Your career, your first car, marriage and children: Whatever you view as key life milestones, buying your first home certainly qualifies as one. Buying can be a sound financial decision, with immediate and long-term advantages over renting. Buying a home is a big decision – perhaps one of the biggest in your life. Your first house can be a place you call home for years to come, and it’s a long-term investment of your time and finances. That’s why it’s important to weigh all of the aspects of homeownership in advance.

Here are some factors to consider before beginning your homebuying process.

Control Your Comfort

Buying your own home puts you in control, allowing you to customize your personal living space.
First-time homebuyers enjoy the luxury of identifying their needs and filling their home with what they want. From interior décor to exterior paint, you choose what goes into – and onto – your home.

Location, Location, Location

Buying a home isn’t just about location – it’s about people, too. Shopping for your first home is the ideal time to identify the community you’d like to be a part of, and then join it. Entering into a community you enjoy offers long-term benefits for you and your loved ones.

Leverage Your Assets for the Future

Owning a home increases your assets, which can open up opportunities for other investments. Once you’re a homeowner, you may be able to use your home’s equity as a secure line of credit for future purchases. Credit is vital to acquiring new purchases, such as a car or vacation home, and meeting your mortgage payments on time is one of the best ways to build good credit. Improving your credit also puts you in position for lower interest rates on future loans – which means your home investment can pay off, now and in the future.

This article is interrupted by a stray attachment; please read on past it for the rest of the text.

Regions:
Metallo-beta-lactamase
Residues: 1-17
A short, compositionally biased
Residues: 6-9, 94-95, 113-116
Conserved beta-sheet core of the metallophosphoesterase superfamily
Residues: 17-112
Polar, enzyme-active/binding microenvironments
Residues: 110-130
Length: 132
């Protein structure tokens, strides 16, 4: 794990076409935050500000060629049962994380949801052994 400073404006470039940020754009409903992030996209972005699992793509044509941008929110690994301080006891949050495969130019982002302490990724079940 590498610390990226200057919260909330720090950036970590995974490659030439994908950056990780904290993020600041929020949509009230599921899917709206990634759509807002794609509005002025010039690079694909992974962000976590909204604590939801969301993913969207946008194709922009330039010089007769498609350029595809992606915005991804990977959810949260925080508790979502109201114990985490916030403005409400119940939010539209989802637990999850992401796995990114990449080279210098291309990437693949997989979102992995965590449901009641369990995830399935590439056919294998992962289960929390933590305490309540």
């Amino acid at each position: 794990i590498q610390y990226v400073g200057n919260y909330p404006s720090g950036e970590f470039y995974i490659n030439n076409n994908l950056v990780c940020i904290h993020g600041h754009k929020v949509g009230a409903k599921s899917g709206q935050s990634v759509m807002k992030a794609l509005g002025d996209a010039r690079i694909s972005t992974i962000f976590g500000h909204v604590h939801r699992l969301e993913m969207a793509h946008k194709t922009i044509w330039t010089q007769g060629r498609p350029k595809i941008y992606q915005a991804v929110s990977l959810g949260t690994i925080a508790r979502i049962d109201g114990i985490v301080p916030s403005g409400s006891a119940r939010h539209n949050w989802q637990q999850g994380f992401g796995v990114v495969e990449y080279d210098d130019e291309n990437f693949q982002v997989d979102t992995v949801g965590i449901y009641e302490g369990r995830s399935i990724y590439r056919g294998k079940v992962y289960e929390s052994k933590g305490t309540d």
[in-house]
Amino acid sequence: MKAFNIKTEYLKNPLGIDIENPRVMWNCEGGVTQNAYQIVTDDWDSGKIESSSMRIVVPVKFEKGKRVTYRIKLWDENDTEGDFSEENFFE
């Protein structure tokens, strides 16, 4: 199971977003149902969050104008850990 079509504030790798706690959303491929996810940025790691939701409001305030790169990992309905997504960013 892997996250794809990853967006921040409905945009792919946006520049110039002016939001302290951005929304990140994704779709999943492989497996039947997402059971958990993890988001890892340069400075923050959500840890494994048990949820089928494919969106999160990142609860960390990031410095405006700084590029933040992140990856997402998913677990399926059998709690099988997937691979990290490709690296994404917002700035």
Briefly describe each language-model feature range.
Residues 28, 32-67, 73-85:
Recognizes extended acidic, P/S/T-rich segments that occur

Financial benefits vary by state and market conditions, so check with your real estate agent and accountant for details.

Financial Benefits

The benefits of homebuying abound – and they can add up come tax time. You may be able to deduct your mortgage interest, real estate property taxes, discount points or other items. Consult with your tax advisor for details specific to your individual situation.

  • Compare owning to renting: Will owning your own home be less expensive than renting? Will you be able to afford the home and its ongoing expenses into the future? To find out, analyze your expenses in this area over the past several years and do some research to project what these expenses might look like in the years ahead.

  • Check your budget: Can you truly afford property in the area? Are there local taxes or service charges? Could you find a less expensive property in an adjacent neighborhood? Consider how periodic and occasional expenses such as mortgage insurance and maintenance will affect your income and budgets.

  • Calculate the complications: Buying a home can alter your financial situation, from tax reporting to credit and beyond. Try to get a complete picture of the financial impacts of homeowning, and make sure you’re comfortable with the changes.